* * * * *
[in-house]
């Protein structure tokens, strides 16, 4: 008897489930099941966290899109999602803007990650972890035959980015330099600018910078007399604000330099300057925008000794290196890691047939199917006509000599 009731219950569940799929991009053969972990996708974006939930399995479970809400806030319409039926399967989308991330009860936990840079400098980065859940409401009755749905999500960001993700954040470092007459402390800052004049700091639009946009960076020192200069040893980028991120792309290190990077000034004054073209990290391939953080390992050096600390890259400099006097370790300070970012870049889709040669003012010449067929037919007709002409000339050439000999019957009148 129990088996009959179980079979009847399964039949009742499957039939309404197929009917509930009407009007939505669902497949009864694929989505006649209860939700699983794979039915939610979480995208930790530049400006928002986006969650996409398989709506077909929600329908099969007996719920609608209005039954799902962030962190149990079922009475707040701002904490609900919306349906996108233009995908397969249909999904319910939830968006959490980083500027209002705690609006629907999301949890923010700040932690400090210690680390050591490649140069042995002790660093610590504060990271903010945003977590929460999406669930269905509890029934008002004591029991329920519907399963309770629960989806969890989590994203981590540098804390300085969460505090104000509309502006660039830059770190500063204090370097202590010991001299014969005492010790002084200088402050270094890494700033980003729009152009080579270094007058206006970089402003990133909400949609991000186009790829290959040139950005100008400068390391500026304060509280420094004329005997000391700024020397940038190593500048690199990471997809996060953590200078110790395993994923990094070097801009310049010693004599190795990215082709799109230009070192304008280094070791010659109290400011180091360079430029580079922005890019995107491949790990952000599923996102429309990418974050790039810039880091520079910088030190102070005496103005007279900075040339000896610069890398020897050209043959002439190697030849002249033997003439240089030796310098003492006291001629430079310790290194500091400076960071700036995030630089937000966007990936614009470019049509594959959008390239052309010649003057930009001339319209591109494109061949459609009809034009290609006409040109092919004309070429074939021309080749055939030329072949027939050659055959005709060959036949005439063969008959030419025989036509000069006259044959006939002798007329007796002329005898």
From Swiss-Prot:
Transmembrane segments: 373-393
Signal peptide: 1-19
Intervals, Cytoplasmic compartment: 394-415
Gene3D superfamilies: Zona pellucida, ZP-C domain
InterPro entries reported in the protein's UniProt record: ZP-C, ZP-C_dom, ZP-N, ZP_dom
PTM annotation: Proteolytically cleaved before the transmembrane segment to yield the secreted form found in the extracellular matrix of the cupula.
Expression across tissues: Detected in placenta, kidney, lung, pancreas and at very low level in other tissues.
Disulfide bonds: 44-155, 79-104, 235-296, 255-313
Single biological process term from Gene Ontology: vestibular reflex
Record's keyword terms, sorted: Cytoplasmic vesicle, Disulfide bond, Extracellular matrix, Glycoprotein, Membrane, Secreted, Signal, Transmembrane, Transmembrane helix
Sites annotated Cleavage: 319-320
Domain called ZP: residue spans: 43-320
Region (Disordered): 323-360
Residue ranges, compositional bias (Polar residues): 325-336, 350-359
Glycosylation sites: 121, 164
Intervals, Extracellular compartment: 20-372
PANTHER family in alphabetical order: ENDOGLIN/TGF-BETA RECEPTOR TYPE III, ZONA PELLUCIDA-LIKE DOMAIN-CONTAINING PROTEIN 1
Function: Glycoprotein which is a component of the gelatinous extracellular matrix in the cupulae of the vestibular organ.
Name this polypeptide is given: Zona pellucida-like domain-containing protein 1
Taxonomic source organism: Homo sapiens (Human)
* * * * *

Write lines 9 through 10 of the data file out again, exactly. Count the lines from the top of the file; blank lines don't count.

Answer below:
PTM annotation: Proteolytically cleaved before the transmembrane segment to yield the secreted form found in the extracellular matrix of the cupula.
Expression across tissues: Detected in placenta, kidney, lung, pancreas and at very low level in other tissues.